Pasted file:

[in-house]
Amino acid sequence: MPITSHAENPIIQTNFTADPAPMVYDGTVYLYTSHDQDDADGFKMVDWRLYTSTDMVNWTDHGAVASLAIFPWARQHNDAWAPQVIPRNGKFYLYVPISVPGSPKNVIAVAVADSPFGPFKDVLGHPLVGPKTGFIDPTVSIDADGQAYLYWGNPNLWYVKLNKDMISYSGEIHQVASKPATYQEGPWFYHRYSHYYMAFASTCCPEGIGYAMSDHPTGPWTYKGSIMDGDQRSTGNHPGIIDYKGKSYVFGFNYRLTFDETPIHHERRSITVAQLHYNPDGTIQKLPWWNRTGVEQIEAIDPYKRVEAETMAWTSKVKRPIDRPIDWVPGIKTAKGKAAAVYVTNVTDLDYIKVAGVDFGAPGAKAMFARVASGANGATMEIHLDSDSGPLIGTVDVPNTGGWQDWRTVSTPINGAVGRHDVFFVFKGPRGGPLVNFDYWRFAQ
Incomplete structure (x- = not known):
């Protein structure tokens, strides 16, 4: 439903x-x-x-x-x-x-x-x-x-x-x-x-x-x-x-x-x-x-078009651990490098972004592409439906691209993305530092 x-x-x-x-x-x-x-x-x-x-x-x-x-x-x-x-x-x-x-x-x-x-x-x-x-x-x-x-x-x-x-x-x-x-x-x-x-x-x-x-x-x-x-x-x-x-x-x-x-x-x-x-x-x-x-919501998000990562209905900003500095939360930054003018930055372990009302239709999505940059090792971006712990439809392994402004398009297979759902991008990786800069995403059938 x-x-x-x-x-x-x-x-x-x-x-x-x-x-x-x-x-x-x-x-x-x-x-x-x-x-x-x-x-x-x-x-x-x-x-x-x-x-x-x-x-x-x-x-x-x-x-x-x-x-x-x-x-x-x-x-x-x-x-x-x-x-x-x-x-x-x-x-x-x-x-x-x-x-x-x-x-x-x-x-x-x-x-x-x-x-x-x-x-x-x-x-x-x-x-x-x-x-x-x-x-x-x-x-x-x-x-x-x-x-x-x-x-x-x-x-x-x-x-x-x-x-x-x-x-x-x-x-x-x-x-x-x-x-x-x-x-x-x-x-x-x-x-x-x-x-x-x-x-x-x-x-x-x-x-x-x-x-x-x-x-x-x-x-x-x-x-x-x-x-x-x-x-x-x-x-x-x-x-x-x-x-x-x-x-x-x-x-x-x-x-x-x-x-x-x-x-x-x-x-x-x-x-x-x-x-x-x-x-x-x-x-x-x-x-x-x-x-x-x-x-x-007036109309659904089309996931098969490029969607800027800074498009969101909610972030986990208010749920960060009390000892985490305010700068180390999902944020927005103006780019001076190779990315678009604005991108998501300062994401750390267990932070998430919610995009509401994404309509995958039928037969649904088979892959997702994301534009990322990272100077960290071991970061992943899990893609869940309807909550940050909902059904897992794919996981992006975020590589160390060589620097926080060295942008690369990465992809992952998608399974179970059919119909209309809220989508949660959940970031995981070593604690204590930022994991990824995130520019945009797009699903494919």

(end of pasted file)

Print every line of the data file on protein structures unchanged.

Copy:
[in-house]
Amino acid sequence: MPITSHAENPIIQTNFTADPAPMVYDGTVYLYTSHDQDDADGFKMVDWRLYTSTDMVNWTDHGAVASLAIFPWARQHNDAWAPQVIPRNGKFYLYVPISVPGSPKNVIAVAVADSPFGPFKDVLGHPLVGPKTGFIDPTVSIDADGQAYLYWGNPNLWYVKLNKDMISYSGEIHQVASKPATYQEGPWFYHRYSHYYMAFASTCCPEGIGYAMSDHPTGPWTYKGSIMDGDQRSTGNHPGIIDYKGKSYVFGFNYRLTFDETPIHHERRSITVAQLHYNPDGTIQKLPWWNRTGVEQIEAIDPYKRVEAETMAWTSKVKRPIDRPIDWVPGIKTAKGKAAAVYVTNVTDLDYIKVAGVDFGAPGAKAMFARVASGANGATMEIHLDSDSGPLIGTVDVPNTGGWQDWRTVSTPINGAVGRHDVFFVFKGPRGGPLVNFDYWRFAQ
Incomplete structure (x- = not known):
């Protein structure tokens, strides 16, 4: 439903x-x-x-x-x-x-x-x-x-x-x-x-x-x-x-x-x-x-078009651990490098972004592409439906691209993305530092 x-x-x-x-x-x-x-x-x-x-x-x-x-x-x-x-x-x-x-x-x-x-x-x-x-x-x-x-x-x-x-x-x-x-x-x-x-x-x-x-x-x-x-x-x-x-x-x-x-x-x-x-x-x-x-919501998000990562209905900003500095939360930054003018930055372990009302239709999505940059090792971006712990439809392994402004398009297979759902991008990786800069995403059938 x-x-x-x-x-x-x-x-x-x-x-x-x-x-x-x-x-x-x-x-x-x-x-x-x-x-x-x-x-x-x-x-x-x-x-x-x-x-x-x-x-x-x-x-x-x-x-x-x-x-x-x-x-x-x-x-x-x-x-x-x-x-x-x-x-x-x-x-x-x-x-x-x-x-x-x-x-x-x-x-x-x-x-x-x-x-x-x-x-x-x-x-x-x-x-x-x-x-x-x-x-x-x-x-x-x-x-x-x-x-x-x-x-x-x-x-x-x-x-x-x-x-x-x-x-x-x-x-x-x-x-x-x-x-x-x-x-x-x-x-x-x-x-x-x-x-x-x-x-x-x-x-x-x-x-x-x-x-x-x-x-x-x-x-x-x-x-x-x-x-x-x-x-x-x-x-x-x-x-x-x-x-x-x-x-x-x-x-x-x-x-x-x-x-x-x-x-x-x-x-x-x-x-x-x-x-x-x-x-x-x-x-x-x-x-x-x-x-x-x-x-x-007036109309659904089309996931098969490029969607800027800074498009969101909610972030986990208010749920960060009390000892985490305010700068180390999902944020927005103006780019001076190779990315678009604005991108998501300062994401750390267990932070998430919610995009509401994404309509995958039928037969649904088979892959997702994301534009990322990272100077960290071991970061992943899990893609869940309807909550940050909902059904897992794919996981992006975020590589160390060589620097926080060295942008690369990465992809992952998608399974179970059919119909209309809220989508949660959940970031995981070593604690204590930022994991990824995130520019945009797009699903494919």